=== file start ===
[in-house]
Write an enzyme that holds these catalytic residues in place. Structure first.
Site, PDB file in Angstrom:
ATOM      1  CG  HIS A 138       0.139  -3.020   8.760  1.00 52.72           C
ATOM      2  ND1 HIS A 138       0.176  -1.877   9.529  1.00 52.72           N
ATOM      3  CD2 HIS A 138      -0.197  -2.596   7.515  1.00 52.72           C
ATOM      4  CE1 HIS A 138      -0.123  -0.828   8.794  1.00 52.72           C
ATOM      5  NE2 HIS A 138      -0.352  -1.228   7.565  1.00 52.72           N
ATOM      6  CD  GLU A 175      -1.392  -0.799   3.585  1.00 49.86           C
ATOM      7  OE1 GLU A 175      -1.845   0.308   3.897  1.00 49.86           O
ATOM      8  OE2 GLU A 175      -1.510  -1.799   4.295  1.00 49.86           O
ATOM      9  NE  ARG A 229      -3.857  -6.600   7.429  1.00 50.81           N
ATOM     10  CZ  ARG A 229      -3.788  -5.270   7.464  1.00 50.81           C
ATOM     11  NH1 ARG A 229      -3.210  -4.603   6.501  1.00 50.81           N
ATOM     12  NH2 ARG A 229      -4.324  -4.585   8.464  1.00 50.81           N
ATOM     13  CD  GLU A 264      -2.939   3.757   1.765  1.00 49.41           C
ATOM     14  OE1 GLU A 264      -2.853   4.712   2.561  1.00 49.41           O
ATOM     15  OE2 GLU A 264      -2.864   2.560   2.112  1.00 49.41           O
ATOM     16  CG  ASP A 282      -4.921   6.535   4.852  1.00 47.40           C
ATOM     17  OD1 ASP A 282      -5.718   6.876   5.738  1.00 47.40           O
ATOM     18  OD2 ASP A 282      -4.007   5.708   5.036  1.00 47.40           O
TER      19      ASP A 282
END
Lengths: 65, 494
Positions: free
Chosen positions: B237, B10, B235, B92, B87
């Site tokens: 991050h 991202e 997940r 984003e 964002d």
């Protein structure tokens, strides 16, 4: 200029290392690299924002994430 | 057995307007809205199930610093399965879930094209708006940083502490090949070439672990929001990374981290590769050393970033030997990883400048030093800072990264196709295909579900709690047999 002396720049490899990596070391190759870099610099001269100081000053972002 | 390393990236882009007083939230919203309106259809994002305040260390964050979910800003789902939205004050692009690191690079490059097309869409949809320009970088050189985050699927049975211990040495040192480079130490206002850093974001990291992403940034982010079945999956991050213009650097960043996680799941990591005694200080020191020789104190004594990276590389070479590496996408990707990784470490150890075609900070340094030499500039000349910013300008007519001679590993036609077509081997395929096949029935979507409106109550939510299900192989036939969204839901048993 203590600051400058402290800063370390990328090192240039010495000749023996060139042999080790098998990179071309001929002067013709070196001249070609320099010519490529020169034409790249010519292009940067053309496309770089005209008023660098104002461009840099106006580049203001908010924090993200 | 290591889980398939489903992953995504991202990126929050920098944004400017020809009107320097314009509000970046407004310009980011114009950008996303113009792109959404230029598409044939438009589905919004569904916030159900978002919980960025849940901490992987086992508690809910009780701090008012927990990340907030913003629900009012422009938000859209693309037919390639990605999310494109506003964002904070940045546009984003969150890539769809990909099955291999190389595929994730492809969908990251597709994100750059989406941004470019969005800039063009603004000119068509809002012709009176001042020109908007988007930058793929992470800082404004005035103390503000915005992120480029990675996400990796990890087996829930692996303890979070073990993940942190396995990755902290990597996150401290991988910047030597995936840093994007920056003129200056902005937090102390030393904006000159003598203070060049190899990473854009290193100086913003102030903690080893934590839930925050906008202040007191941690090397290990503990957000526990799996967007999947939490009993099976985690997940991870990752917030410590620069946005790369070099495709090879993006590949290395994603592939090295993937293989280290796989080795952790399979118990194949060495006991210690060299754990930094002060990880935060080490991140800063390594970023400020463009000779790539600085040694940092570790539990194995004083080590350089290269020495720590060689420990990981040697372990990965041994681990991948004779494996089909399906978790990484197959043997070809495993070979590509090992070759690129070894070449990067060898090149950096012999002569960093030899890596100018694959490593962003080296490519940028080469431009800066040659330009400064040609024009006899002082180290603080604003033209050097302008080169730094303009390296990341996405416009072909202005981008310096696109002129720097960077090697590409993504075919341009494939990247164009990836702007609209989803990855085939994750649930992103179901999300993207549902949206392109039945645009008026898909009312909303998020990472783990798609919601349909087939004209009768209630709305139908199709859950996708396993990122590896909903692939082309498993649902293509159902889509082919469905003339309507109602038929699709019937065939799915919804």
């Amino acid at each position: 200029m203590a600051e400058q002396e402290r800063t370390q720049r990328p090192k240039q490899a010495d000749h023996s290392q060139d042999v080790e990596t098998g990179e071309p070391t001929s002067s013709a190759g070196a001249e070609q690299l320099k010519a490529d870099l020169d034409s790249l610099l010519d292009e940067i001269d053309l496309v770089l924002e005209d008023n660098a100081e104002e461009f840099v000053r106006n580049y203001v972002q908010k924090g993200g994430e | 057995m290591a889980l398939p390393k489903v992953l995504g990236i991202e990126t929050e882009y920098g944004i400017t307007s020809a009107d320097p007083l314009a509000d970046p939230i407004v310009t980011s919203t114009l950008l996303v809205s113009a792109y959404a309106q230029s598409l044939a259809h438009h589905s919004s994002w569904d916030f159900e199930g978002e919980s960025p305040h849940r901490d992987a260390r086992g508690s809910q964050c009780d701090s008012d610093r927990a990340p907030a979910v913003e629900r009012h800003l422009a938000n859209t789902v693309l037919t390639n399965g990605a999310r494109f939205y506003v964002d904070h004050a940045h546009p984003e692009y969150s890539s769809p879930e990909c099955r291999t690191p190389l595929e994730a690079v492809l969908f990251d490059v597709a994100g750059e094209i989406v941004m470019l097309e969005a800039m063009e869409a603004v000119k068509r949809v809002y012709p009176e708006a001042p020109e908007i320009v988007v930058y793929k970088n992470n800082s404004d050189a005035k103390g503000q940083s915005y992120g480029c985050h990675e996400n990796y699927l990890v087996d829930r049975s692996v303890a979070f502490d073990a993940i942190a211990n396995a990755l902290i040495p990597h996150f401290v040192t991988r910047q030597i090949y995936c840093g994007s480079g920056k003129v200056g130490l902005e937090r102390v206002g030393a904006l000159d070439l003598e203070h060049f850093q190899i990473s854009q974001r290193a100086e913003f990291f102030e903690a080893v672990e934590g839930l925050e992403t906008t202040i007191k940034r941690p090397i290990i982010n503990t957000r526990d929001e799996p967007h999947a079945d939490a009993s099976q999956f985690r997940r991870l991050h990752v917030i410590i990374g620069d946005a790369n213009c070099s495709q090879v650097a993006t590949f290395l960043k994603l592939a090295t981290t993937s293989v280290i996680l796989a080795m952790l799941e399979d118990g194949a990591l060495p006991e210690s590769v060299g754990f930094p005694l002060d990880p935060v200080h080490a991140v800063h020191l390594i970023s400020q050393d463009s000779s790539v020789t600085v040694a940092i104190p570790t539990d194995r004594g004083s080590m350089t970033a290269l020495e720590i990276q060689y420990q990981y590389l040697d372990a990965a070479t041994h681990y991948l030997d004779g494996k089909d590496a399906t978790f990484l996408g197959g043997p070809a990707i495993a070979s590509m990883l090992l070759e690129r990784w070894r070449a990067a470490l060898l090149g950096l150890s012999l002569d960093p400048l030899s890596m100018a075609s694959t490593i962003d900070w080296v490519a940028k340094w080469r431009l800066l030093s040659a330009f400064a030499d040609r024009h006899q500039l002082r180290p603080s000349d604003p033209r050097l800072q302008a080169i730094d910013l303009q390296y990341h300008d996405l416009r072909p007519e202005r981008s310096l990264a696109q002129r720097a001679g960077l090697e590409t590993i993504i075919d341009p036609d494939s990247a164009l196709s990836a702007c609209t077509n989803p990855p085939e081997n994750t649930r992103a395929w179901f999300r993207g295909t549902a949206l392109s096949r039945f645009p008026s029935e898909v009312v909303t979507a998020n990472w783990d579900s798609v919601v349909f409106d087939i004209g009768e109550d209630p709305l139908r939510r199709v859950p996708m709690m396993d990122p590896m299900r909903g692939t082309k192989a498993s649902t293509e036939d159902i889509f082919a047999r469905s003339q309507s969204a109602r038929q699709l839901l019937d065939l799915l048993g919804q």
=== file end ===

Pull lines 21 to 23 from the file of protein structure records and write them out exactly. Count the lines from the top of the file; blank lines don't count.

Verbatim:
ATOM     18  OD2 ASP A 282      -4.007   5.708   5.036  1.00 47.40           O
TER      19      ASP A 282
END